What is the music player with voice control on Android?

Android devices come with built-in voice control features through Google Assistant that allow users to control certain apps and functions using voice commands. One popular use case for voice control on Android is controlling music playback. There are several ways Android users can leverage voice commands to play, pause, skip tracks, adjust volume, and more for their favorite music apps.

This article will provide an overview of using voice commands to control music playback on Android. We’ll cover the built-in Google Assistant capabilities, top third-party apps with voice control, examples of common voice commands, supported music services, limitations, privacy concerns, customization options, and accessibility.

Google Assistant

Google Assistant is Google’s built-in virtual assistant available on Android phones. It can be used to control music playback hands-free using just your voice.

To get started, make sure Google Assistant is enabled on your Android phone. You can invoke it by saying “Hey Google” or “Ok Google” followed by a voice command.

Some common voice commands to control music playback include:

  • “Play some music” – starts music playback from your default music app.
  • “Play [song name or artist]” – plays a specific song or music by an artist.
  • “Pause the music” – pauses music playback.
  • “Skip song” – skips to the next song in the queue.
  • “Increase/decrease volume” – raises or lowers the volume.

Google Assistant can control music playback from streaming apps like Spotify, YouTube Music, Google Play Music, and Pandora, provided you have them installed on your device and linked to Assistant. You can manage connected services in Assistant’s settings.

Overall, Google Assistant provides a convenient hands-free way to start music playback, change tracks, adjust volume, and more on Android phones using natural voice commands.

Third Party Apps

In addition to Google Assistant, there are popular third party apps on Android that have voice control capabilities. One of the most widely used is Spotify, which allows users to control music playback through voice commands. Spotify has a built-in voice assistant called “Hey Spotify” that can be activated when the app is open by saying the wake words “Hey Spotify.”

Once enabled, “Hey Spotify” allows you to do things like play specific songs, artists, or playlists just by speaking. For example, you can say “Hey Spotify, play my Discover Weekly playlist” to start playback. Other supported voice commands include pausing music, skipping tracks, adjusting volume, and more. The voice assistant even allows you to like or dislike songs with commands like “Hey Spotify, I like this song.”

“Hey Spotify” makes it easy to control your music hands-free while driving, exercising, or doing other activities. It provides a convenient alternative to manually searching for content and tapping buttons in the app. While not as full-featured as Google Assistant, Spotify’s built-in voice assistant streamlines music playback through natural voice interactions.

Voice Commands

The Google Assistant allows you to control music playback through voice commands. Here are some common examples of voice commands you can use:

To play music in general:

  • “Ok Google, play some music”
  • “Hey Google, play songs by The Beatles”
  • “Ok Google, play pop music from the 2000s”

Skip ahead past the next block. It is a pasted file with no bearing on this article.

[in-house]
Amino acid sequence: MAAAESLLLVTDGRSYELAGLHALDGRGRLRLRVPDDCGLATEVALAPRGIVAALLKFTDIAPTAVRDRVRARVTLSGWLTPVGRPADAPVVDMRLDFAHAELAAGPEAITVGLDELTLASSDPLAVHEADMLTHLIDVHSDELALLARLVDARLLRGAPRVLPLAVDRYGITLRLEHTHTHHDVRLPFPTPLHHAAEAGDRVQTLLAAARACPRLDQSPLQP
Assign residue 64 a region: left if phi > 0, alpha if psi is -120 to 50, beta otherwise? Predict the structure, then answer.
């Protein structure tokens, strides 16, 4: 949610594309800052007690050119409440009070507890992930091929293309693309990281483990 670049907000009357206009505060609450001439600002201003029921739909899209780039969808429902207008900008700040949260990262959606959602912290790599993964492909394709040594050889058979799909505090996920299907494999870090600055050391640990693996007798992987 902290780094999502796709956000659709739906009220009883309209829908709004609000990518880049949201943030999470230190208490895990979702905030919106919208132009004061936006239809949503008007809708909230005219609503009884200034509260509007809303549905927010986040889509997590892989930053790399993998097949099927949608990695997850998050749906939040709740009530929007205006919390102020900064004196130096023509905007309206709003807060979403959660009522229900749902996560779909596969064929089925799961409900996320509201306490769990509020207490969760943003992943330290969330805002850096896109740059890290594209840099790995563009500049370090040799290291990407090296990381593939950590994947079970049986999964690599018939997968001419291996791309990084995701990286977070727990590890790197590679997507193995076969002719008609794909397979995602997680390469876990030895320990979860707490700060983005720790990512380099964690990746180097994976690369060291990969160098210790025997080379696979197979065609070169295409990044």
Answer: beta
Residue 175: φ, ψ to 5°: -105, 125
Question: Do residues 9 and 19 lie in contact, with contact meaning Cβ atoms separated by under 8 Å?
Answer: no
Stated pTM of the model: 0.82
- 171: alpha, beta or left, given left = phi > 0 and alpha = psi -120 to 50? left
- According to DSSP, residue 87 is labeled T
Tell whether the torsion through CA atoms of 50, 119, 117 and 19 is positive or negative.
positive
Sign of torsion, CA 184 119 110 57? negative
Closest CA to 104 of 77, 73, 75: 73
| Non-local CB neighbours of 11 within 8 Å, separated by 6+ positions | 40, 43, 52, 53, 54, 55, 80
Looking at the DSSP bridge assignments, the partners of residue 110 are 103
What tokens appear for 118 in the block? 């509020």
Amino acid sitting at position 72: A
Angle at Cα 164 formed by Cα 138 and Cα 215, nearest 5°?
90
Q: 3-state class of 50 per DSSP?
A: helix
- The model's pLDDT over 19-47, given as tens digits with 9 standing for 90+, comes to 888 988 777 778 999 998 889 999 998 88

To play from a specific music service:

  • “Ok Google, play chill music on Spotify”
  • “Hey Google, play my workout playlist on YouTube Music”
  • “Ok Google, play hip hop on Pandora”

To control playback:

  • “Hey Google, pause the music”
  • “Ok Google, skip this song”
  • “Hey Google, turn it up a little”

You can say things like “play,” “shuffle,” “next,” “volume up,” etc. to control the music. The Google Assistant is designed to understand natural voice commands.

According to this article, the Google Assistant supports services like Spotify, YouTube Music, Pandora, Apple Music, and more. So you have flexibility in playing music from different apps.

Supported Music Services

Google Assistant supports several popular music streaming services that you can control with just your voice. This allows you to request songs, albums, playlists, stations, and more from your chosen music provider without needing to interact with your phone.

The main music services that work with Google Assistant voice commands include:

  • YouTube Music – Google’s own music streaming service with over 50 million songs.
  • Spotify – The world’s most popular music streaming app with over 80 million tracks.
  • Apple Music – Access over 90 million songs from the Apple music catalog.
  • Pandora – Personalized internet radio stations based on your preferences.
  • iHeartRadio – Listen to live radio, customized stations, and podcasts.

Other services like Tidal, Deezer, and TuneIn also work with Google Assistant, giving you diverse options to play music hands-free.


Voice assistants like Google Assistant have some inherent limitations compared to traditional control interfaces. As noted in this article, voice assistants primarily use single commands, whereas more flexible natural language understanding is still a work in progress. Voice commands can also be misinterpreted due to background noise, unclear enunciation, or homophones, as explained here. Connectivity issues can disrupt voice control if the internet or Bluetooth connection is spotty. Additionally, voice interactions lack the precision and specificity possible with touch interfaces. Users cannot see the available options and must rely on remembering the correct verbal commands.